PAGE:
11. Be that as it may, it has not been shown that these four persons who took part in the counting, were unauthorised persons. It is not disputed that they are all Government officials. The mere fact that their names do not appear in Exh. 6 does not exclude the probability of their having been appointed and kept in reserve by a separate order or orders to act as Counting Supervisors in case of need.
12. That such appointments were made and 'a waiting list of such appointees in reserve was prepared, IN clear from the answer that the Returning Officer (R.W. 14), Mr. Sinha, gave to a Court question :
If an officer of this list did not turn up in time to participate in the counting then in his place 'another officer had to be appointed from the waiting list that was maintained in my office regarding this matter. That waiting list contained the names of officers reserved whose services were to be utilised in case any of the appointed officer did not turn up or was subsequently exempted from working as such inside the counting hall.
13. In reply to a further question put by the petitioner's Counsel, the Returning Officer reiterated :
There was a reserved list like this in my office regarding this matter which had been prepared under my orders.
14. The fact that such a list of officials in reserve was prepared and exists receives further support from the evidence of R.W. 18 and R.W 19 who had worked as Counting Supervisors at tables Nos. 6 and 3-respectively.
15. The petitioner appeared in the witness-box as P.W. 19 on 7-5-1973. Even then he did not make any allegation that any unauthorised persons had been admitted into the Counting Hall. His Chief Counting Agent who appeared as P.W. 13, also did not allege anything of this kind. The circumstances of this case fully attract the maximum onmla praesumimiur rite esee acta, and it would be presumed that the aforesaid four persons were rightly and regularly appointed and admitted into the Counting Hall to act as Counting Supervisors, by the Returning Officer. On this score no violation of Rule 53 or any other statutory provision has been shown.
16. Now we turn to the second contention of Mr. Prasad. The argument is that at the first round of counting in the box of Polling Station Q No. 74 (Madhopur), fifty unsigned ballot papers were found in excess of those polled. This irregularity, it is submitted, was brought to the notice of the Returning Officer by Prof. Yadav, the Chief Counting Agent of the appellant, but to no avail.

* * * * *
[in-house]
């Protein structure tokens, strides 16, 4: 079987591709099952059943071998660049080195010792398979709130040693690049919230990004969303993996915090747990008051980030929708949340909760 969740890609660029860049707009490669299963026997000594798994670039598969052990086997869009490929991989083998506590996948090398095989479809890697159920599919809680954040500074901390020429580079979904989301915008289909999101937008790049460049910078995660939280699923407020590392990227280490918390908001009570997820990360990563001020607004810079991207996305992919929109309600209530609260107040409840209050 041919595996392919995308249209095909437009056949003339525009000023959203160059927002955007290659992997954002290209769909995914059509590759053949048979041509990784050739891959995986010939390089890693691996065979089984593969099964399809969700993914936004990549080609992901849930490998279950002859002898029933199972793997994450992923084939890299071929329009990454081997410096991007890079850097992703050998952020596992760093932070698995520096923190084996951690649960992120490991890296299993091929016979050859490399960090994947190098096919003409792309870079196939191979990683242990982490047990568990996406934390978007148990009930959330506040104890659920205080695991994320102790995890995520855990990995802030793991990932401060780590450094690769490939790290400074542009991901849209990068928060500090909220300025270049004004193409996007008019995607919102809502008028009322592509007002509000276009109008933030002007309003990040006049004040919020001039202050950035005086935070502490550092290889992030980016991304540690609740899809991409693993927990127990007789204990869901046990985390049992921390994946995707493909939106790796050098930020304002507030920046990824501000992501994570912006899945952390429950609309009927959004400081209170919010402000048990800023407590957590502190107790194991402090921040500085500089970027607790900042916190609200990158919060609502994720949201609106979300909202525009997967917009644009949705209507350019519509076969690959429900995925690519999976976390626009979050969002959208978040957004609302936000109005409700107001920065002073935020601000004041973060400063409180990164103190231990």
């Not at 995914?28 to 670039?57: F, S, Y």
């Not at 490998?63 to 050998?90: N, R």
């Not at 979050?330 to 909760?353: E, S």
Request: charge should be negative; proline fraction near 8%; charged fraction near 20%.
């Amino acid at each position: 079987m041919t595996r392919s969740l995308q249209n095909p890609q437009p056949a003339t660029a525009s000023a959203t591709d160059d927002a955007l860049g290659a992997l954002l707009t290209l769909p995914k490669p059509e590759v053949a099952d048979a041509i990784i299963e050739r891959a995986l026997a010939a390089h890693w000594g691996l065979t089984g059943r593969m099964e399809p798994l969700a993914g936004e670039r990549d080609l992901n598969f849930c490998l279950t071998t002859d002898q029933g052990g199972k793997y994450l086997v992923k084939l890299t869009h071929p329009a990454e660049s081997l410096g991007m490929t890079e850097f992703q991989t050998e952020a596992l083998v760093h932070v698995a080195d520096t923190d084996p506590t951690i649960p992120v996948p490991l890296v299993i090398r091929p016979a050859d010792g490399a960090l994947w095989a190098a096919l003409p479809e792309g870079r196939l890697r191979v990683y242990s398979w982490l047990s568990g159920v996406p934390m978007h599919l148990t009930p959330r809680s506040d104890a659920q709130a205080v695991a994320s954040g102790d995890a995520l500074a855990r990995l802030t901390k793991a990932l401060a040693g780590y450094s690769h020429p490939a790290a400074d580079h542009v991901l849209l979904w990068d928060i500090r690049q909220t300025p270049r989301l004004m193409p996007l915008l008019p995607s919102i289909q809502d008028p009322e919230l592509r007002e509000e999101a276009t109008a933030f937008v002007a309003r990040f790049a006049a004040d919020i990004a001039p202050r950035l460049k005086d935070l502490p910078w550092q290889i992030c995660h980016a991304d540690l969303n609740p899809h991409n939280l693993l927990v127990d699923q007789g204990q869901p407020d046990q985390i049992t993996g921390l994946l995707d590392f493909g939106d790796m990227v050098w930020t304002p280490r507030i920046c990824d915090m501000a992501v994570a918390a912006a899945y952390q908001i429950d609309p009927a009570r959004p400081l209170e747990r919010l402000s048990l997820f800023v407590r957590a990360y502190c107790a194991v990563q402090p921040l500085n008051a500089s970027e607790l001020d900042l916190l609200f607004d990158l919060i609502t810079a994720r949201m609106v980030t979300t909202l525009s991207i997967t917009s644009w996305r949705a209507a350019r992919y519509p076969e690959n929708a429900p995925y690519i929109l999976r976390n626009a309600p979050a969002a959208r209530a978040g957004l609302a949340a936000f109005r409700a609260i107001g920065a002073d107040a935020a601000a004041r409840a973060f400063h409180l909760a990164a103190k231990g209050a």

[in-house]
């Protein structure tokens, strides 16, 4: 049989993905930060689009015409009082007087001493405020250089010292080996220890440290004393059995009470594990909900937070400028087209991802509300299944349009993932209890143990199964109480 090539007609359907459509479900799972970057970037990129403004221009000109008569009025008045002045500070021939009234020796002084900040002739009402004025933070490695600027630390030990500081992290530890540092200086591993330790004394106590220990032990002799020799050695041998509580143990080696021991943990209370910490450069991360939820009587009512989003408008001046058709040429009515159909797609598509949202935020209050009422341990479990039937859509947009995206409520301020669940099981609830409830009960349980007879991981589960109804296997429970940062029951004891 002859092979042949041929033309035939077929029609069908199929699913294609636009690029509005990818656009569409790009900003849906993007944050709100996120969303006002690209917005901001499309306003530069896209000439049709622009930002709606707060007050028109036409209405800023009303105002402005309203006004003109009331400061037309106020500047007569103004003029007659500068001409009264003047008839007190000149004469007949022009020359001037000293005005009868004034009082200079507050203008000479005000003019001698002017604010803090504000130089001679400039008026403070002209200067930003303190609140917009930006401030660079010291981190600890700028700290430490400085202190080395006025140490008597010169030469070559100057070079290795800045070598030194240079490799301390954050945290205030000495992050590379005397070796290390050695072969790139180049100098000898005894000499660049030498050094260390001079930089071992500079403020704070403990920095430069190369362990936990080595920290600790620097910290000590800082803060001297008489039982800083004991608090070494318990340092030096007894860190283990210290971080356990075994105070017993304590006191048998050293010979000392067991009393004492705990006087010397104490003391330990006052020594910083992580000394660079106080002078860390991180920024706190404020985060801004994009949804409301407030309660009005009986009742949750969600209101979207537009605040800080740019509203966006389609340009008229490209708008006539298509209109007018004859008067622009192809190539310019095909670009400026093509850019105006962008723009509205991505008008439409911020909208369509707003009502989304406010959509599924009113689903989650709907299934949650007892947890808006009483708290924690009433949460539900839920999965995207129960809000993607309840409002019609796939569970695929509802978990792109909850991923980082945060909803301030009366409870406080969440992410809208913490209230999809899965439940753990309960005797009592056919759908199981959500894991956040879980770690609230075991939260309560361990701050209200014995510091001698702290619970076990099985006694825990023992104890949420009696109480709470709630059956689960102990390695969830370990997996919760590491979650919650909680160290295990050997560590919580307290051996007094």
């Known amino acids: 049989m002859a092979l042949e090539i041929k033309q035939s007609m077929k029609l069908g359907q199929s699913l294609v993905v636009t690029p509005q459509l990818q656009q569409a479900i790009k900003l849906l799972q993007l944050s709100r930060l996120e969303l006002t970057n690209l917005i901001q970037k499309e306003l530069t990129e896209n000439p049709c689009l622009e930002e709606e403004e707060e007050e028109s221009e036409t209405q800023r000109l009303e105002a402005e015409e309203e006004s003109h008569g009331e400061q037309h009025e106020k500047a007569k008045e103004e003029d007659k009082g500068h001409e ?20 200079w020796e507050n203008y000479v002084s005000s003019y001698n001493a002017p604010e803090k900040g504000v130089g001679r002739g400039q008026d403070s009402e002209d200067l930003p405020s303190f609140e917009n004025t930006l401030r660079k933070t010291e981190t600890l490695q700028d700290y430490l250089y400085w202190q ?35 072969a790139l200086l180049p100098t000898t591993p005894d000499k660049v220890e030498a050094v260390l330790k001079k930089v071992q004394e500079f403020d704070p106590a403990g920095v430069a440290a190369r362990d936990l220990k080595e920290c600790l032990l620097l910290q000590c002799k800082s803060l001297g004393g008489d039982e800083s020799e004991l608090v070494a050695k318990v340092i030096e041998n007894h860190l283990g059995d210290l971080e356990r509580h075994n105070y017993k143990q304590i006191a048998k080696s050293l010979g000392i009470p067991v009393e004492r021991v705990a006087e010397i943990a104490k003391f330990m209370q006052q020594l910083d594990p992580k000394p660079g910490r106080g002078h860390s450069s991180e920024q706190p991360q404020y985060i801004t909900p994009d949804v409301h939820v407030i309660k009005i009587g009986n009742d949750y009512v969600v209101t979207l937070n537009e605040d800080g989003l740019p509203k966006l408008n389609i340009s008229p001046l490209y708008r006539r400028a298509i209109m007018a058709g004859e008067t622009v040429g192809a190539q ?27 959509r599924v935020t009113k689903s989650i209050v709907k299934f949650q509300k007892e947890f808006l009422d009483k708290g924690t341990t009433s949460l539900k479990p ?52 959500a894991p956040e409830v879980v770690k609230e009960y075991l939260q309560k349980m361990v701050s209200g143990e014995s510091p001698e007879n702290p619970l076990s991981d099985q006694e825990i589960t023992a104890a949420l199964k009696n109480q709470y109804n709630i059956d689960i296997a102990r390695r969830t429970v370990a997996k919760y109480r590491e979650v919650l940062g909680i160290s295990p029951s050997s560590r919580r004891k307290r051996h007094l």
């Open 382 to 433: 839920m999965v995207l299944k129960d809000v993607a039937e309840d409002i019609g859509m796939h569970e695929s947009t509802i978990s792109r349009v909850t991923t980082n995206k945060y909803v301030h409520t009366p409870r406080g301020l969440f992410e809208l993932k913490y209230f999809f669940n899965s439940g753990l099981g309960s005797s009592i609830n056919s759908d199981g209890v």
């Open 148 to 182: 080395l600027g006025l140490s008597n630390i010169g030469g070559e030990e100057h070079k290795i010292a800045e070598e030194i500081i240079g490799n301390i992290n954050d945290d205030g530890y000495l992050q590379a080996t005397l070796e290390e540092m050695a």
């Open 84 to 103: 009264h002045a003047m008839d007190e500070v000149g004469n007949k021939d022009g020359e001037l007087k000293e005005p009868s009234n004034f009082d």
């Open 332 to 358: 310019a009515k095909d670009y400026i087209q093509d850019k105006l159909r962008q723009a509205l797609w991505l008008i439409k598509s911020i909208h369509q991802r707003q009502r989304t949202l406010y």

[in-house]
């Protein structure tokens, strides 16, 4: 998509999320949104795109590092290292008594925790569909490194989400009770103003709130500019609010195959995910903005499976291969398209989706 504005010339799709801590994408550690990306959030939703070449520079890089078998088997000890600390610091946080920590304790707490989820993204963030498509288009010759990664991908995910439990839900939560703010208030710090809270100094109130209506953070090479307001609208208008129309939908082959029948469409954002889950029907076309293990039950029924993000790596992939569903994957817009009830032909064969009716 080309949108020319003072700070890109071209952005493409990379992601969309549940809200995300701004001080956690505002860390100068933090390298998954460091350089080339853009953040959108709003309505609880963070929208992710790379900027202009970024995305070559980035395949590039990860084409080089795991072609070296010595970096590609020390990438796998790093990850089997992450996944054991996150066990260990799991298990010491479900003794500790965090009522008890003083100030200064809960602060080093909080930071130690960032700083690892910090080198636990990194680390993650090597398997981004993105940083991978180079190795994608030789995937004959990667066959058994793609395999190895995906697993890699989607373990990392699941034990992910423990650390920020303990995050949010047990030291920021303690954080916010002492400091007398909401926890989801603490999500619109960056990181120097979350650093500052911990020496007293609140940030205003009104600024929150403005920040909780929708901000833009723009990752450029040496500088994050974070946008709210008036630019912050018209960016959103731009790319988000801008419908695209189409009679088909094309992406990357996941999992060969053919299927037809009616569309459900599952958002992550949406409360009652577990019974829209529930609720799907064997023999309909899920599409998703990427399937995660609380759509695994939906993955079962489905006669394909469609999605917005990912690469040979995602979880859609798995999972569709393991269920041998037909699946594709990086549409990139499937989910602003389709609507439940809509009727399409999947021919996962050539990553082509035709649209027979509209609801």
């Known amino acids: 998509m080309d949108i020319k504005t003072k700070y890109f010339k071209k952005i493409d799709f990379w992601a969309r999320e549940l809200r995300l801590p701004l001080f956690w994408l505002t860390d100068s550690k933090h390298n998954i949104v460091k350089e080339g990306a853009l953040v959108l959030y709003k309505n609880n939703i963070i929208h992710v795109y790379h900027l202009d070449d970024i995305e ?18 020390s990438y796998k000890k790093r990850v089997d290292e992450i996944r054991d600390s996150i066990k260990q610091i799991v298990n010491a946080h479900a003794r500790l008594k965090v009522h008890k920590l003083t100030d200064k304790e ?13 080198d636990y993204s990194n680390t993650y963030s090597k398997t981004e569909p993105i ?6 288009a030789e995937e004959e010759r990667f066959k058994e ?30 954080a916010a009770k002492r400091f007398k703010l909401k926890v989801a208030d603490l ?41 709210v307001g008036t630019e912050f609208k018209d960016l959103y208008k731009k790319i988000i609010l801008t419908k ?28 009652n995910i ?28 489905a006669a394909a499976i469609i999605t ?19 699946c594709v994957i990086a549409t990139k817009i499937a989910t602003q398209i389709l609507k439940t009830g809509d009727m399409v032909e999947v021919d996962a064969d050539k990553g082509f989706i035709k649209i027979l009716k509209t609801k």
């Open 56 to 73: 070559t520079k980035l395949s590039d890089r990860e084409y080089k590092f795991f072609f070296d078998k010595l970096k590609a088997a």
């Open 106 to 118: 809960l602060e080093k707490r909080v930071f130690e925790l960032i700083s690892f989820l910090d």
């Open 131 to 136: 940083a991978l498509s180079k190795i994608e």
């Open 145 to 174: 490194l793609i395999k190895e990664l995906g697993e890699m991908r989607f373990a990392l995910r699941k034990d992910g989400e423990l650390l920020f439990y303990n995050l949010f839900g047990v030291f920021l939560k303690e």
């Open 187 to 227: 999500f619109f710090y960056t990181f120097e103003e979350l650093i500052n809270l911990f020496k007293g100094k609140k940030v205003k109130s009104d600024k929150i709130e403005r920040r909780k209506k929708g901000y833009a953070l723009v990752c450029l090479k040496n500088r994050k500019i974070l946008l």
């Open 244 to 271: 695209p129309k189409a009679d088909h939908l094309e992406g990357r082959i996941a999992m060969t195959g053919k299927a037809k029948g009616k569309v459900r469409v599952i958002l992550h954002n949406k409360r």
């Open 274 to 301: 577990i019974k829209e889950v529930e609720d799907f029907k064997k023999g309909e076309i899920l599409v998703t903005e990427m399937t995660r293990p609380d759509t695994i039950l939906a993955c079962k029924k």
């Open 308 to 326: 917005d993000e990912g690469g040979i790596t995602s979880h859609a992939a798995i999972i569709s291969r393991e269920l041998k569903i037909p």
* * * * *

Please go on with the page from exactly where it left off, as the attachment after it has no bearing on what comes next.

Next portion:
17. Part I of Ex. 4 is the Ballot Paper Account sent by the Presiding Officer of Polling Station No. 74. Its Part II contains the result of the ' initial counting of those ballot-papers at table No. 4. In Part I, in column No. 2(a), the number of unused ballot papers is shown as 397, and in column 3, the number of ballot papers issued to voters is given as 323. In Part II, column 1, the total number of ballot papers found in the ballot box used at the polling station, is entered as 373, and in column 2, captioned 'Discrepancy, if any etc.', it is written 'Found fifty excess including one ballot paper unsigned'. The entries in columns 1 and 2 of Part II purport to bear the signature of the Counting Supervisor, R. Shyam Sah who was not examined by either side.
18. It is common ground that when this discrepancy was brought to the notice of the Assistant Returning Officer and the Returning Officer, B the sealed packet of the unused ballot papers was opened and the papers were counted. The result of that count is to be found noted on the back of Ex. 4 by the Assistant Returning Officer, thus :
On verification by counting the actual number of unused ballot-papers by opening the statutory packet in presence of the Returning Officer and the candidates/agents, it was found that only 347 unused ?) ballot papers have been returned. This settles the discrepancy in the ballot paper account.
19. Under it is the endorsement of the Returning Officer to the effect:
This was done by (A.R. O?) in my presence.
20. The Assistant Returning Officer stated in the witness-stand as R.W. 13, that in the Ballot Paper Account, the total number of unused ballot-papers was wrongly shown as 397, while it should have been 347, which was the actual number of ballot-papers found in the packet. Thus, the physical verification revealed that this apparent discrepancy did not actually exist.
21. The court below has accepted the genuineness of the endorsements of the Assistant Returning Officer (R.W. 13) and the Returning Officer (R.W. 14) on Ex. 4 and the evidence of those officers in preference to the interested statements of the Counting Agent (P.W. 9) and the Chief Counting Agent (P.W. 13) of the petitioner. It has also found that only one unused ballot-paper was found unsigned, and not fifty. We have no good reason to differ from those findings.
22. Indeed the main burden of the arguments of Mr. Prasad, is that the p Assistant Returning Officer/Returning Officer was not competent to open the packet of unused ballot-papers and inspect the same as such a course was expressly forbidden by Rule 93(1) of the Rules. It is stressed that this illegality vitiating the counting, was itself a good ground for ordering a recount.
23. Rule 93 reads :
Production and inspection of election papers.-
(1) While in the custody of the district election officer or, as the case may be, the returning officer-.
(a) the packets of unused ballot papers with counterfoils attached thereto;
(b) the packets of used ballot papers whether valid, tendered or rejected;
(c) the packets of the counterfoils of used ballot papers;
(d) the packets of the marked copy of the electoral roll or, as the case may be, the list maintained under Sub-section (1) or Sub-section (2) of Section 152; and
(e) the packets of the declaration by electors and the ' attestation of their signature;
shall not be opened and their contents shall not be inspected' by, or produced before, any person or authority except under the order of a competent court.
(2) Subject to such conditions and to the payment of such' fee as the Election Commission may direct,-
(a) all other papers relating to the election shall be open to public inspection; and
(b) copies thereof shall on application be furnished.